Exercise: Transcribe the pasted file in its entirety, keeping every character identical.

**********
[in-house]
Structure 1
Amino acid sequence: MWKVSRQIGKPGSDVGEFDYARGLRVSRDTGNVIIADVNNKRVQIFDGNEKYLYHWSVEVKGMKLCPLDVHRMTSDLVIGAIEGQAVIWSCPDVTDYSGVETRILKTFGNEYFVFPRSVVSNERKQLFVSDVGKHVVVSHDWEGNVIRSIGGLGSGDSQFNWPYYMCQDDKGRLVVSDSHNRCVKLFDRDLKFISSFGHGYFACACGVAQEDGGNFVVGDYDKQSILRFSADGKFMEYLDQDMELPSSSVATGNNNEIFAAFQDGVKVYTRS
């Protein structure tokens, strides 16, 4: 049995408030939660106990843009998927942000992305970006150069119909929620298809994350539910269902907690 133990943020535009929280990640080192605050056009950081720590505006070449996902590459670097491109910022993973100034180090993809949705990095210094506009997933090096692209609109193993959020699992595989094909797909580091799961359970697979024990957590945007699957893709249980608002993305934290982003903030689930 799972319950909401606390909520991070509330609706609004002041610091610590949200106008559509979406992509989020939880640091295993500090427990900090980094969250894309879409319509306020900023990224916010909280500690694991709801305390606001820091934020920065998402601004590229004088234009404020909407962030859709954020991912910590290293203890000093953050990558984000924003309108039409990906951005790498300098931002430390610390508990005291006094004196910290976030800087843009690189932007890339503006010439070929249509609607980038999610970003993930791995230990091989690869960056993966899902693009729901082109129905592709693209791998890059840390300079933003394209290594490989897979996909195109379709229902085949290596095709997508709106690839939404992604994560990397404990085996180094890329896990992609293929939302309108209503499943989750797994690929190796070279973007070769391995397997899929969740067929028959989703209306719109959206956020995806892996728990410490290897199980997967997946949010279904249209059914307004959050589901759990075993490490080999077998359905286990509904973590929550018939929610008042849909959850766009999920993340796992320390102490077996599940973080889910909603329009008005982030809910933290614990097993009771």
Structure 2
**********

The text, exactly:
[in-house]
Structure 1
Amino acid sequence: MWKVSRQIGKPGSDVGEFDYARGLRVSRDTGNVIIADVNNKRVQIFDGNEKYLYHWSVEVKGMKLCPLDVHRMTSDLVIGAIEGQAVIWSCPDVTDYSGVETRILKTFGNEYFVFPRSVVSNERKQLFVSDVGKHVVVSHDWEGNVIRSIGGLGSGDSQFNWPYYMCQDDKGRLVVSDSHNRCVKLFDRDLKFISSFGHGYFACACGVAQEDGGNFVVGDYDKQSILRFSADGKFMEYLDQDMELPSSSVATGNNNEIFAAFQDGVKVYTRS
């Protein structure tokens, strides 16, 4: 049995408030939660106990843009998927942000992305970006150069119909929620298809994350539910269902907690 133990943020535009929280990640080192605050056009950081720590505006070449996902590459670097491109910022993973100034180090993809949705990095210094506009997933090096692209609109193993959020699992595989094909797909580091799961359970697979024990957590945007699957893709249980608002993305934290982003903030689930 799972319950909401606390909520991070509330609706609004002041610091610590949200106008559509979406992509989020939880640091295993500090427990900090980094969250894309879409319509306020900023990224916010909280500690694991709801305390606001820091934020920065998402601004590229004088234009404020909407962030859709954020991912910590290293203890000093953050990558984000924003309108039409990906951005790498300098931002430390610390508990005291006094004196910290976030800087843009690189932007890339503006010439070929249509609607980038999610970003993930791995230990091989690869960056993966899902693009729901082109129905592709693209791998890059840390300079933003394209290594490989897979996909195109379709229902085949290596095709997508709106690839939404992604994560990397404990085996180094890329896990992609293929939302309108209503499943989750797994690929190796070279973007070769391995397997899929969740067929028959989703209306719109959206956020995806892996728990410490290897199980997967997946949010279904249209059914307004959050589901759990075993490490080999077998359905286990509904973590929550018939929610008042849909959850766009999920993340796992320390102490077996599940973080889910909603329009008005982030809910933290614990097993009771």
Structure 2